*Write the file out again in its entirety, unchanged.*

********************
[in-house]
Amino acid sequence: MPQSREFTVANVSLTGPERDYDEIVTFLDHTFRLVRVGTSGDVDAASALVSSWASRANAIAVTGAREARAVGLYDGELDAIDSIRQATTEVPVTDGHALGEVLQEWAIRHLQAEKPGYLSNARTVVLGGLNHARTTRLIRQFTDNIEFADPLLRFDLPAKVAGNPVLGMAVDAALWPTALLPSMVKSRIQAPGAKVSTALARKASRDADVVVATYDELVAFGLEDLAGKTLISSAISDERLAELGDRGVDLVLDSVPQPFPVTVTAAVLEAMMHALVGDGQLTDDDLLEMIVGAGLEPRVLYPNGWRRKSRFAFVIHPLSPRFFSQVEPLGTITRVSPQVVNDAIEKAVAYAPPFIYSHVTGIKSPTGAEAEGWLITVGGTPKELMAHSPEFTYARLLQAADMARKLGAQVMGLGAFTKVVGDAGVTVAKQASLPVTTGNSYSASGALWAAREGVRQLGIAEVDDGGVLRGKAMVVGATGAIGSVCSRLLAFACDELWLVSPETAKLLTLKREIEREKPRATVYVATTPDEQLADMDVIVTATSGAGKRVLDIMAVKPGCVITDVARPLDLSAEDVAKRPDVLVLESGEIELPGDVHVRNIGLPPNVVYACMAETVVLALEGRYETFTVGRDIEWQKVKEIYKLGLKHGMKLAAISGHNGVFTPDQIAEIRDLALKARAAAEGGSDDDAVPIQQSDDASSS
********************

[in-house]
Amino acid sequence: MPQSREFTVANVSLTGPERDYDEIVTFLDHTFRLVRVGTSGDVDAASALVSSWASRANAIAVTGAREARAVGLYDGELDAIDSIRQATTEVPVTDGHALGEVLQEWAIRHLQAEKPGYLSNARTVVLGGLNHARTTRLIRQFTDNIEFADPLLRFDLPAKVAGNPVLGMAVDAALWPTALLPSMVKSRIQAPGAKVSTALARKASRDADVVVATYDELVAFGLEDLAGKTLISSAISDERLAELGDRGVDLVLDSVPQPFPVTVTAAVLEAMMHALVGDGQLTDDDLLEMIVGAGLEPRVLYPNGWRRKSRFAFVIHPLSPRFFSQVEPLGTITRVSPQVVNDAIEKAVAYAPPFIYSHVTGIKSPTGAEAEGWLITVGGTPKELMAHSPEFTYARLLQAADMARKLGAQVMGLGAFTKVVGDAGVTVAKQASLPVTTGNSYSASGALWAAREGVRQLGIAEVDDGGVLRGKAMVVGATGAIGSVCSRLLAFACDELWLVSPETAKLLTLKREIEREKPRATVYVATTPDEQLADMDVIVTATSGAGKRVLDIMAVKPGCVITDVARPLDLSAEDVAKRPDVLVLESGEIELPGDVHVRNIGLPPNVVYACMAETVVLALEGRYETFTVGRDIEWQKVKEIYKLGLKHGMKLAAISGHNGVFTPDQIAEIRDLALKARAAAEGGSDDDAVPIQQSDDASSS